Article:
• Week 2: Spend 3 different days in the library copying a couple of articles each time and maybe checking out a book. Spend a fourth day surfing the WWW for info. One hour each session.

  • Week 3: Organize the resources and pick the best three or four for citation in the paper. Eat the rest. Go back to the library or WWW for more info or clarification (assume that I WILL know if you state something incorrectly - if you're not sure, check!) Spend one hour each of three days on this.

  • Week 4. Write the rough draft. Go away. Polish (not an ethnic slur). Have your roommate look at it. Polish again. This takes 3 days, using about 2-3 hours the first day, 1 hour the second, and about 0.5 hours the third.

  • TOTAL TIME INVESTED: worst case, 14 hours over 4 weeks - just 7/2 hours per week! (That's 3.5 in case you're wondering - less time than it takes Michael Jordan to score 60 points)


January 2002

  • All I Really Needed to Know About Surfing the WWW I Learned in EDPS 459

  • Use Yahoo (www.yahoo.com)

  • Start with the top-down approach (go by categories from the least specific to the most specific)

  • Bookmark the URL's that actually exist.

  • Then, try the bottom-up approach (type in the search string and hit enter). Do the search across all categories, but try to focus your search string on 2-3 words. Quotes can help. Try 3-4 different strings. This picks up all of the improperly registered sites and the lateral sites.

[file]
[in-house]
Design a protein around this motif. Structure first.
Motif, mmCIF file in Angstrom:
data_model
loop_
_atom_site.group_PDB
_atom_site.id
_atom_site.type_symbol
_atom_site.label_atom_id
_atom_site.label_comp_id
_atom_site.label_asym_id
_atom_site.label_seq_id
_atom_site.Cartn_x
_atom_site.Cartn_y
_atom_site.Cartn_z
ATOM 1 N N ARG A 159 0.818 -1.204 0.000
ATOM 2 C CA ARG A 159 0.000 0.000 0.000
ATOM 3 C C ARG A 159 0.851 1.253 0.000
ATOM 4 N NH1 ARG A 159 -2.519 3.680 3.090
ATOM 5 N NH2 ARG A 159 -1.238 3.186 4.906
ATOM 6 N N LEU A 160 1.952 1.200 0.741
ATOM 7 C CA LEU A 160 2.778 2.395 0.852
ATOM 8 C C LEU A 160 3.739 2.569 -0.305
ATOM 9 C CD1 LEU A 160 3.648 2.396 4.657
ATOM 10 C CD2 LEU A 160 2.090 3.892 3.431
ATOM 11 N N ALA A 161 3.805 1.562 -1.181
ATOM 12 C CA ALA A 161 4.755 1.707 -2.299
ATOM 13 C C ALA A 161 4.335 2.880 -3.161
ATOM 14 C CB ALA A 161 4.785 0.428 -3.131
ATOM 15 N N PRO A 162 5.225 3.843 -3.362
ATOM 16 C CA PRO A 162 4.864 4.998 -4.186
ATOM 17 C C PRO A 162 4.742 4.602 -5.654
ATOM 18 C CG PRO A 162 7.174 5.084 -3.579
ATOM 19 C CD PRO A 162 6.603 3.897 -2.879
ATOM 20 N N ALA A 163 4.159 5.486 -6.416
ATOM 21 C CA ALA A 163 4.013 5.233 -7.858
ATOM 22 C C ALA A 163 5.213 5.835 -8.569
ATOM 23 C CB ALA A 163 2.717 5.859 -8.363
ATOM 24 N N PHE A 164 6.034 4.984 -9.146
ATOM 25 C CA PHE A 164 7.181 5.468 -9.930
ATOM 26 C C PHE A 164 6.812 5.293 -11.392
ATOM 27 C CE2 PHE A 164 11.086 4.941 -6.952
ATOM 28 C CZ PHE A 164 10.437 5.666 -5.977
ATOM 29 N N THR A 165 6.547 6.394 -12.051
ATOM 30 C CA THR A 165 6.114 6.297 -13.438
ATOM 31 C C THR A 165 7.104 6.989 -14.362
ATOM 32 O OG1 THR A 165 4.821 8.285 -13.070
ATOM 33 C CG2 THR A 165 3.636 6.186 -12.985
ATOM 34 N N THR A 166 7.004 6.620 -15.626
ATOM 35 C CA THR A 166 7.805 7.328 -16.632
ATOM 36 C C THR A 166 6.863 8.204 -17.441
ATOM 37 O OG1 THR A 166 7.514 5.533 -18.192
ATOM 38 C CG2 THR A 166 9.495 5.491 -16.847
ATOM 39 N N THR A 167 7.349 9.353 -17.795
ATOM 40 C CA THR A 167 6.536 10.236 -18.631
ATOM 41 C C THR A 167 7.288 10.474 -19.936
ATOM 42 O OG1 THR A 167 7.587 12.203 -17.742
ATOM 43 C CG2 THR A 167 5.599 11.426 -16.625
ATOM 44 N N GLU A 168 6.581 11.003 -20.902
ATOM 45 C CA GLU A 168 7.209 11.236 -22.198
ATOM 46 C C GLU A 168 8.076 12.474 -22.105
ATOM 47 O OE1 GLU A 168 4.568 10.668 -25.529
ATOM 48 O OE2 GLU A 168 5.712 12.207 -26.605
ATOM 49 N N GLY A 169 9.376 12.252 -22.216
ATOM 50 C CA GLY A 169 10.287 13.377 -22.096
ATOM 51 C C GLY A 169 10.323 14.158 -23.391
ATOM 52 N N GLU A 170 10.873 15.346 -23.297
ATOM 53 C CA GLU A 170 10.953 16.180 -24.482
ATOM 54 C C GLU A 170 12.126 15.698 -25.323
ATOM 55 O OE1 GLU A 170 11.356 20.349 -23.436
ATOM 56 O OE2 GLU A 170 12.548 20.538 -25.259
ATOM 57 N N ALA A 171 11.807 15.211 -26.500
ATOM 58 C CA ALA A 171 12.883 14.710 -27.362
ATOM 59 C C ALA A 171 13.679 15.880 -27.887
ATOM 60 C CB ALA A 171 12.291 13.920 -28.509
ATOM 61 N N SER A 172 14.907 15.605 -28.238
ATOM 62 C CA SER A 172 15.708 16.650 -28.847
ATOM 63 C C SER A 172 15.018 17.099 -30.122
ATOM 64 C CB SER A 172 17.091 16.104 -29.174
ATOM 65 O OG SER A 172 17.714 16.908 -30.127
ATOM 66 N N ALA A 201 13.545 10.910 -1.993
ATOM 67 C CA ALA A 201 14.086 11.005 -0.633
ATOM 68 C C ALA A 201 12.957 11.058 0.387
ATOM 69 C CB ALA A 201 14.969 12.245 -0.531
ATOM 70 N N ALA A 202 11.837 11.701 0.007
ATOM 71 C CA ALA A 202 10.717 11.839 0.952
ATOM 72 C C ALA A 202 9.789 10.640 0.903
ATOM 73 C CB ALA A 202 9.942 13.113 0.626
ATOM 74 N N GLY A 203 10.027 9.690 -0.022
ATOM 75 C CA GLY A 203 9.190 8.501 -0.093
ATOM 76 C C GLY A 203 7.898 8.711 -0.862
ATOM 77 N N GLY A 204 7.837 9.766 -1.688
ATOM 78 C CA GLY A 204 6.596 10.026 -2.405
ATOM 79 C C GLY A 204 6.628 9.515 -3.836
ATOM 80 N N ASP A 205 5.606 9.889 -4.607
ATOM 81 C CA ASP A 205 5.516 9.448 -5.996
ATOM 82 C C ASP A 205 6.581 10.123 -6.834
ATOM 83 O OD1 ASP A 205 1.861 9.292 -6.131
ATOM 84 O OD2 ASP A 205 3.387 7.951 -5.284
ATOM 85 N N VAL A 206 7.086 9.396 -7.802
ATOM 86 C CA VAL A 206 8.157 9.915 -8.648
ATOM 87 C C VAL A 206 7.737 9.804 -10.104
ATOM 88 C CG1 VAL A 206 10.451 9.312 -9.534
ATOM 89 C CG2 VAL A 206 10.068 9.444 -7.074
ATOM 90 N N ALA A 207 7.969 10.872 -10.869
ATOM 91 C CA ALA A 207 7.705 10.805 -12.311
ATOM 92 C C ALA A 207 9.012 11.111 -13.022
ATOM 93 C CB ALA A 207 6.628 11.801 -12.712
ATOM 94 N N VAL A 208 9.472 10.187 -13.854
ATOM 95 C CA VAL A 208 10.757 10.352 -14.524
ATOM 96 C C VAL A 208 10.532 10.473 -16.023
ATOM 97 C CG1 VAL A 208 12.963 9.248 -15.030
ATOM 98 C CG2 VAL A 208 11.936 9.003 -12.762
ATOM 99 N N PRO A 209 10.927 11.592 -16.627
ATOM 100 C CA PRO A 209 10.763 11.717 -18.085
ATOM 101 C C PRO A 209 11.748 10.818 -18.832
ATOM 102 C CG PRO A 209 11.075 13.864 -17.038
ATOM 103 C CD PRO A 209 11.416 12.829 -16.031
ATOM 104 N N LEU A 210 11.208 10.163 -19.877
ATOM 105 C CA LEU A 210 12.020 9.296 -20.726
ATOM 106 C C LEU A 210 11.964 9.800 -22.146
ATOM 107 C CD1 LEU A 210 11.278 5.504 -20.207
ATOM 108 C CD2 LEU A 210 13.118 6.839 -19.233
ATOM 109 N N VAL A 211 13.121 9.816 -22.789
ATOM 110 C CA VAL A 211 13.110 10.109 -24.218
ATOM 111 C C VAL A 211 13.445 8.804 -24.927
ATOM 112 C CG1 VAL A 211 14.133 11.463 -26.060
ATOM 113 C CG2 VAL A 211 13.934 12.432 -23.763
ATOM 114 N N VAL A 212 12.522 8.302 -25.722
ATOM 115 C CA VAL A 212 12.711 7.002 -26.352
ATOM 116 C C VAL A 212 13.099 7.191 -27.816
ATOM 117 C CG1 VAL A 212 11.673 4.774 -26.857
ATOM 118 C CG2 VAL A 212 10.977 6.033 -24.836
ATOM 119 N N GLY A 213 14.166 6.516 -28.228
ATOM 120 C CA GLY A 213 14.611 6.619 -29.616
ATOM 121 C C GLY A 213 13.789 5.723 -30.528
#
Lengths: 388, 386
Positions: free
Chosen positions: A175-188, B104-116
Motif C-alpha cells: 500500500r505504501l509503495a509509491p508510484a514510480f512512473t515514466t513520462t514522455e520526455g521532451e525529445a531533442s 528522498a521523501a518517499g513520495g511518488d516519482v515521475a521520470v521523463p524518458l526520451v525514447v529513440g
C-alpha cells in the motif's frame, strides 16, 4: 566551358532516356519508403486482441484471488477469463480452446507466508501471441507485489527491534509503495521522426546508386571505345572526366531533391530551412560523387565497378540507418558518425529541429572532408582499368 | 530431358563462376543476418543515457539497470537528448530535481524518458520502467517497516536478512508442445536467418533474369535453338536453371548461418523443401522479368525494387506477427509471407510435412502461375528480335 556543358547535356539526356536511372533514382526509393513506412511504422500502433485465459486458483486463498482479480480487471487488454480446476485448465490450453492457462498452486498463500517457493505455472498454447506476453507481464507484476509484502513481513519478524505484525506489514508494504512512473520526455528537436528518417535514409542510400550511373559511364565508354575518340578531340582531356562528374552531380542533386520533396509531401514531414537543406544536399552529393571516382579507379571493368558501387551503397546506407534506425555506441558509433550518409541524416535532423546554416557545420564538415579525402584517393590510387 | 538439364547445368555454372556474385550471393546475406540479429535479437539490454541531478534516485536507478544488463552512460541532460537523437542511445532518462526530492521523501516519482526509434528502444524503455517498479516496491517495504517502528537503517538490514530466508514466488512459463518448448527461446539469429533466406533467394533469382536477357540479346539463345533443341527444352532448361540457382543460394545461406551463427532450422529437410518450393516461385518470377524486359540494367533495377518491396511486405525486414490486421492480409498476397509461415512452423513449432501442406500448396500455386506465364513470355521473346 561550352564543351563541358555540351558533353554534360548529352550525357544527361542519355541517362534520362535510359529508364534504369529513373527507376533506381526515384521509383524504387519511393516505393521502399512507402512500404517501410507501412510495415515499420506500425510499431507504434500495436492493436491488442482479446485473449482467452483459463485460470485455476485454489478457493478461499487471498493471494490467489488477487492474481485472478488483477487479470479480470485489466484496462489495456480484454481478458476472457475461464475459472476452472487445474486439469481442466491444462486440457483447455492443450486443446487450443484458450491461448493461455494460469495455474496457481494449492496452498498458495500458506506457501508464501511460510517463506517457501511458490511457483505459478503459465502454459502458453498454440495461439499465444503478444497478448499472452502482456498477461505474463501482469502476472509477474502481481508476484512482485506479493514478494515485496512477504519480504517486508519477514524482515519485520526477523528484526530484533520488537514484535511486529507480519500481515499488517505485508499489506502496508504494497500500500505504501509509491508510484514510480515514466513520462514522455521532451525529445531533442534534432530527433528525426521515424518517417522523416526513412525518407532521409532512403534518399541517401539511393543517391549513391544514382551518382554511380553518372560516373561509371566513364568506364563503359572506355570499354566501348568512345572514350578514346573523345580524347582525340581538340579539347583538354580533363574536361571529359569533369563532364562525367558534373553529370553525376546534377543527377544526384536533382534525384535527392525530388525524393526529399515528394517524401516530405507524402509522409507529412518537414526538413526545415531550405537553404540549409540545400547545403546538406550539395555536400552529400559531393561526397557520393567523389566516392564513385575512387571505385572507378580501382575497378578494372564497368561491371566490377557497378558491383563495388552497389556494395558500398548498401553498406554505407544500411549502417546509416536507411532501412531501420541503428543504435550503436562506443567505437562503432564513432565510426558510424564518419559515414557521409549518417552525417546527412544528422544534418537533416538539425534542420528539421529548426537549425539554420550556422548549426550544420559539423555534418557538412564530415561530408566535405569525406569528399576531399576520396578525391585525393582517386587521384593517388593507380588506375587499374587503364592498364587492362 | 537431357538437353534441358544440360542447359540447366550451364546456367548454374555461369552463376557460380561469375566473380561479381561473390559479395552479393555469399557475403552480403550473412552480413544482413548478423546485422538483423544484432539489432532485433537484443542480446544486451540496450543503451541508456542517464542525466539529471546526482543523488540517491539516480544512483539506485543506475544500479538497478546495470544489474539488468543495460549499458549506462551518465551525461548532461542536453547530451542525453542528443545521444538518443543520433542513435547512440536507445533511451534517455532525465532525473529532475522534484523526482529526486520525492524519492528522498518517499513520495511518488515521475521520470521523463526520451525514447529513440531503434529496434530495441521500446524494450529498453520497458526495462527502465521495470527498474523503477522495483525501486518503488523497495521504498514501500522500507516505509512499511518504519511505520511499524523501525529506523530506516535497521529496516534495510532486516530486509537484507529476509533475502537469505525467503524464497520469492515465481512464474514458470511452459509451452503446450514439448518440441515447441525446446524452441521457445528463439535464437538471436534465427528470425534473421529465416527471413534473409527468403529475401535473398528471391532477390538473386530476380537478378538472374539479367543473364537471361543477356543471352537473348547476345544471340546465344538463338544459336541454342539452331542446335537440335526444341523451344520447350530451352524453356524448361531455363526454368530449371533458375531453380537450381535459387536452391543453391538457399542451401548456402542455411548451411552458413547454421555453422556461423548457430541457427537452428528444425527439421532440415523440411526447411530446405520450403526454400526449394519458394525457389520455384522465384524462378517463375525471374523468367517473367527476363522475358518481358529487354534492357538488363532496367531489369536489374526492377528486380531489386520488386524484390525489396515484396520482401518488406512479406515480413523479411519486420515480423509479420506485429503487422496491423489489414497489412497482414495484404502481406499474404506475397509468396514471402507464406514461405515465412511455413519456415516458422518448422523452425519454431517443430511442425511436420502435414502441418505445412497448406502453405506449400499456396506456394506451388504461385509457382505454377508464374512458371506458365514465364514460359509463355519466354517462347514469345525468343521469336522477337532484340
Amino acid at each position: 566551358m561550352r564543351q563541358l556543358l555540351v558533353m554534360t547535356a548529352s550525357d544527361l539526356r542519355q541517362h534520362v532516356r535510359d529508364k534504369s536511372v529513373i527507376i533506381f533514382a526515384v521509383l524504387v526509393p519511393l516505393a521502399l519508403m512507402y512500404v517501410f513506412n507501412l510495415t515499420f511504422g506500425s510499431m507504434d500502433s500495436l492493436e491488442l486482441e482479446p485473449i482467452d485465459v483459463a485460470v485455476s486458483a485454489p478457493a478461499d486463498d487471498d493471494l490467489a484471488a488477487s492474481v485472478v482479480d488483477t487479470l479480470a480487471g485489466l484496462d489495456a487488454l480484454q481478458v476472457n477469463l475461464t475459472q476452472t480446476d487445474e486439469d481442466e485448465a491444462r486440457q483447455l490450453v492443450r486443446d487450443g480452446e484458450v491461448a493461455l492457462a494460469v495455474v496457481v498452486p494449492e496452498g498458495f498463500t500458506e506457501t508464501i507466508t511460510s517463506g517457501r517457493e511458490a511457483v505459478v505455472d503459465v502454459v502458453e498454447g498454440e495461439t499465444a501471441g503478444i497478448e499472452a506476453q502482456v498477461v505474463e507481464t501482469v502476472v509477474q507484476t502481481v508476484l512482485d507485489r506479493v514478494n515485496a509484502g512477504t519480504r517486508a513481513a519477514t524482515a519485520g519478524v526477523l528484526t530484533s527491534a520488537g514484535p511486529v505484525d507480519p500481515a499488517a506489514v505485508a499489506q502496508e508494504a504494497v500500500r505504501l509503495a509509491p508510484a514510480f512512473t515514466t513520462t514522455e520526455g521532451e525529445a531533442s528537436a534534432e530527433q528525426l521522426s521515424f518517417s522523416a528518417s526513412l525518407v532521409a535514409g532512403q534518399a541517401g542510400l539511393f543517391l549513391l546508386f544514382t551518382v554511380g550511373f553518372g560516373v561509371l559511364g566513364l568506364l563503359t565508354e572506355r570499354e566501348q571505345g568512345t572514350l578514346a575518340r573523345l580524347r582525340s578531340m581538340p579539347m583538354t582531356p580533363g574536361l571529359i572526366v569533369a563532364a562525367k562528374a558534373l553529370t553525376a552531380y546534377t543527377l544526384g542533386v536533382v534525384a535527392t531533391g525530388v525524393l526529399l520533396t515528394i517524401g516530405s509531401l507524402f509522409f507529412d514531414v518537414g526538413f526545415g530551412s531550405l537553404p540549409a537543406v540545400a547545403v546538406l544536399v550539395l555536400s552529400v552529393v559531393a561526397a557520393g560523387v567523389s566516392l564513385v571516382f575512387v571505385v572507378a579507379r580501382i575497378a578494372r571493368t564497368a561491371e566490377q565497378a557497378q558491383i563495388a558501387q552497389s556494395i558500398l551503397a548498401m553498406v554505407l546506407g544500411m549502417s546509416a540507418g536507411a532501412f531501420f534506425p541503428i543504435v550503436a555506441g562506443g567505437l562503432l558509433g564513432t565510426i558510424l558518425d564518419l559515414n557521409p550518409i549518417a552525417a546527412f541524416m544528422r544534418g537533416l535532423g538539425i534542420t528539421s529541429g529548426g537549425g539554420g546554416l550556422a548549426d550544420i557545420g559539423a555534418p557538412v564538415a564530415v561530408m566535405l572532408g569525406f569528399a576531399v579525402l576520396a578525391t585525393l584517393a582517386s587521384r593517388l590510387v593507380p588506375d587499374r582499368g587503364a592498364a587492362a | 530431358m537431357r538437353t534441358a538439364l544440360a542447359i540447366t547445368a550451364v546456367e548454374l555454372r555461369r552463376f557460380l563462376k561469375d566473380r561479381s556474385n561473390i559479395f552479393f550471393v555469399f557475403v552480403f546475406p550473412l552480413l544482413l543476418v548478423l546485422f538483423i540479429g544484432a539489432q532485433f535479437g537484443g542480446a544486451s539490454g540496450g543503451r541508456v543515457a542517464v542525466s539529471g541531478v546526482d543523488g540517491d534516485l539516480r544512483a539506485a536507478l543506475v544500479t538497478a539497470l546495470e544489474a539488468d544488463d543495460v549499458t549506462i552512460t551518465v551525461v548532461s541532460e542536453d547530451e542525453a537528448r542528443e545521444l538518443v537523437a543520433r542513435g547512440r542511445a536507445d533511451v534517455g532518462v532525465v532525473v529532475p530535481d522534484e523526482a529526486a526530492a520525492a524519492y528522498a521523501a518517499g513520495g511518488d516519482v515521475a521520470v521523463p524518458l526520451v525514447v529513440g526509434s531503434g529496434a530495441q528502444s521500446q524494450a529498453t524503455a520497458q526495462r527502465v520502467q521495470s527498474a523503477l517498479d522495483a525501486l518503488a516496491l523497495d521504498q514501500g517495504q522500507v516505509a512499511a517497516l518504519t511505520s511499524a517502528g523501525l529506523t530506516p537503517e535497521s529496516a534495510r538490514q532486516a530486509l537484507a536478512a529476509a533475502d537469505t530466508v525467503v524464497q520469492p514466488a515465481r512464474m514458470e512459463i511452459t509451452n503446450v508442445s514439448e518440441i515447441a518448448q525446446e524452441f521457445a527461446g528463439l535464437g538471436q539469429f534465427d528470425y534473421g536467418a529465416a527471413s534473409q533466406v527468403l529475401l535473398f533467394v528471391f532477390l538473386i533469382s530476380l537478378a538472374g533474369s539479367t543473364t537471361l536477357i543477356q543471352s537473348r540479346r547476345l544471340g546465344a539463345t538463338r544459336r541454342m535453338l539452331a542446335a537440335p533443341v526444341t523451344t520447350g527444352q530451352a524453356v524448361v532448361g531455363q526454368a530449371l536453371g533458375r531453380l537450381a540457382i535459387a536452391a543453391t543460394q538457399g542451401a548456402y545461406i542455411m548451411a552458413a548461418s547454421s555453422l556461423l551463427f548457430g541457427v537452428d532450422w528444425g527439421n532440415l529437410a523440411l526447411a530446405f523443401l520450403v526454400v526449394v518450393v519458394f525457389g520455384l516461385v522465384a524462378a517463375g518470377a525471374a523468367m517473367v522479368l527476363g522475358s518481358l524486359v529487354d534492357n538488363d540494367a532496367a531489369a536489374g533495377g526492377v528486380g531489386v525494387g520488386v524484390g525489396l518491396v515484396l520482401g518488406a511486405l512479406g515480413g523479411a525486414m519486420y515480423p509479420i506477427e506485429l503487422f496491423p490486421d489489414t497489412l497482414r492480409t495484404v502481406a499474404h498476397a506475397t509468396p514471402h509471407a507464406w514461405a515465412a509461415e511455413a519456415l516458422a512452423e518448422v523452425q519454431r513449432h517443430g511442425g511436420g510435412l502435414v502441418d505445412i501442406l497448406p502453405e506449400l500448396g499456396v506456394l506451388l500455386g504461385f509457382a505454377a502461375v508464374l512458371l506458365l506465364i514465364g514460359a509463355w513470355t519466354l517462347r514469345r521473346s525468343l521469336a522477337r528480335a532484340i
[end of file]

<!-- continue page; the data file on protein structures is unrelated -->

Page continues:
• Bookmark the good ones again.

WWW, cont.

January 2002

  • Visit each bookmark in turn. If the info looks relevant, bookmark it and go on - you want to do most of the reading off-line. When you are on line, your goal is lateral thinking and data collection - the analysis comes much later.

  • Follow the links from the best sites to other links. Especially go after sites that are referenced by multiple sites that you have bookmarked.

  • Start with the sites that I give you.

  • As an extra bonus, be sure to think about the accessibility of the sites that you are visiting as you view them.

Assistive Technology -Taxonomy

January 2002

  • Let's break it down:

  • Assistive - hmm. To assist? But what does that really mean? How is it different from augmentative? My definition: something that helps a person to do something that they could not easily or efficiently do otherwise. Examples? Canes, wheelchairs, speech output. Augmentative means enhancing a person's natural ability in addition to that which is already there, such as hearing aides and virtual reality. Check out Lloyd's book.